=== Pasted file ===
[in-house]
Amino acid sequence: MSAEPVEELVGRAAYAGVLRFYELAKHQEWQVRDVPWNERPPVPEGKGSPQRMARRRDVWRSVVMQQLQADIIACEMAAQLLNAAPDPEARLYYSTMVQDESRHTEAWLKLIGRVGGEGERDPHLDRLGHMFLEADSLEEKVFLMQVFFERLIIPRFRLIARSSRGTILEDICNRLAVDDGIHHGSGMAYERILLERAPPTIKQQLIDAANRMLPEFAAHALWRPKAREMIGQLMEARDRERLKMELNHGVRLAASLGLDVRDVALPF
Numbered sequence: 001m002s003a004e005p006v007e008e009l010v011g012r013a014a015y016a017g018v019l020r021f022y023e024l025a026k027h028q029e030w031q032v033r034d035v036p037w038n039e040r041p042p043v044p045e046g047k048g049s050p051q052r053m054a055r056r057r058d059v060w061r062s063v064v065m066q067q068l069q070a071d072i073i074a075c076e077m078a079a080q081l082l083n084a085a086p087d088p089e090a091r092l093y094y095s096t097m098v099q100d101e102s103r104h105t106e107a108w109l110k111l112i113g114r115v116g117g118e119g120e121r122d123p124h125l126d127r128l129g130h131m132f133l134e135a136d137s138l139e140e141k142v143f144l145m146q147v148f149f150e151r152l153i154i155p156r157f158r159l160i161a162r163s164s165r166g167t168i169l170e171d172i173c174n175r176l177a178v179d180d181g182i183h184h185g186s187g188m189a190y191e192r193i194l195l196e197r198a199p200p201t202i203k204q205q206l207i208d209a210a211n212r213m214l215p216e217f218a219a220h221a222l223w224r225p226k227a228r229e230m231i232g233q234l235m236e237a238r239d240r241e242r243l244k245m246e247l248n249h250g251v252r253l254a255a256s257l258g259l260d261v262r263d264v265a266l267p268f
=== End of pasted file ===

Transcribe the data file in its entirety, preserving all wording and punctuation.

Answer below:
[in-house]
Amino acid sequence: MSAEPVEELVGRAAYAGVLRFYELAKHQEWQVRDVPWNERPPVPEGKGSPQRMARRRDVWRSVVMQQLQADIIACEMAAQLLNAAPDPEARLYYSTMVQDESRHTEAWLKLIGRVGGEGERDPHLDRLGHMFLEADSLEEKVFLMQVFFERLIIPRFRLIARSSRGTILEDICNRLAVDDGIHHGSGMAYERILLERAPPTIKQQLIDAANRMLPEFAAHALWRPKAREMIGQLMEARDRERLKMELNHGVRLAASLGLDVRDVALPF
Numbered sequence: 001m002s003a004e005p006v007e008e009l010v011g012r013a014a015y016a017g018v019l020r021f022y023e024l025a026k027h028q029e030w031q032v033r034d035v036p037w038n039e040r041p042p043v044p045e046g047k048g049s050p051q052r053m054a055r056r057r058d059v060w061r062s063v064v065m066q067q068l069q070a071d072i073i074a075c076e077m078a079a080q081l082l083n084a085a086p087d088p089e090a091r092l093y094y095s096t097m098v099q100d101e102s103r104h105t106e107a108w109l110k111l112i113g114r115v116g117g118e119g120e121r122d123p124h125l126d127r128l129g130h131m132f133l134e135a136d137s138l139e140e141k142v143f144l145m146q147v148f149f150e151r152l153i154i155p156r157f158r159l160i161a162r163s164s165r166g167t168i169l170e171d172i173c174n175r176l177a178v179d180d181g182i183h184h185g186s187g188m189a190y191e192r193i194l195l196e197r198a199p200p201t202i203k204q205q206l207i208d209a210a211n212r213m214l215p216e217f218a219a220h221a222l223w224r225p226k227a228r229e230m231i232g233q234l235m236e237a238r239d240r241e242r243l244k245m246e247l248n249h250g251v252r253l254a255a256s257l258g259l260d261v262r263d264v265a266l267p268f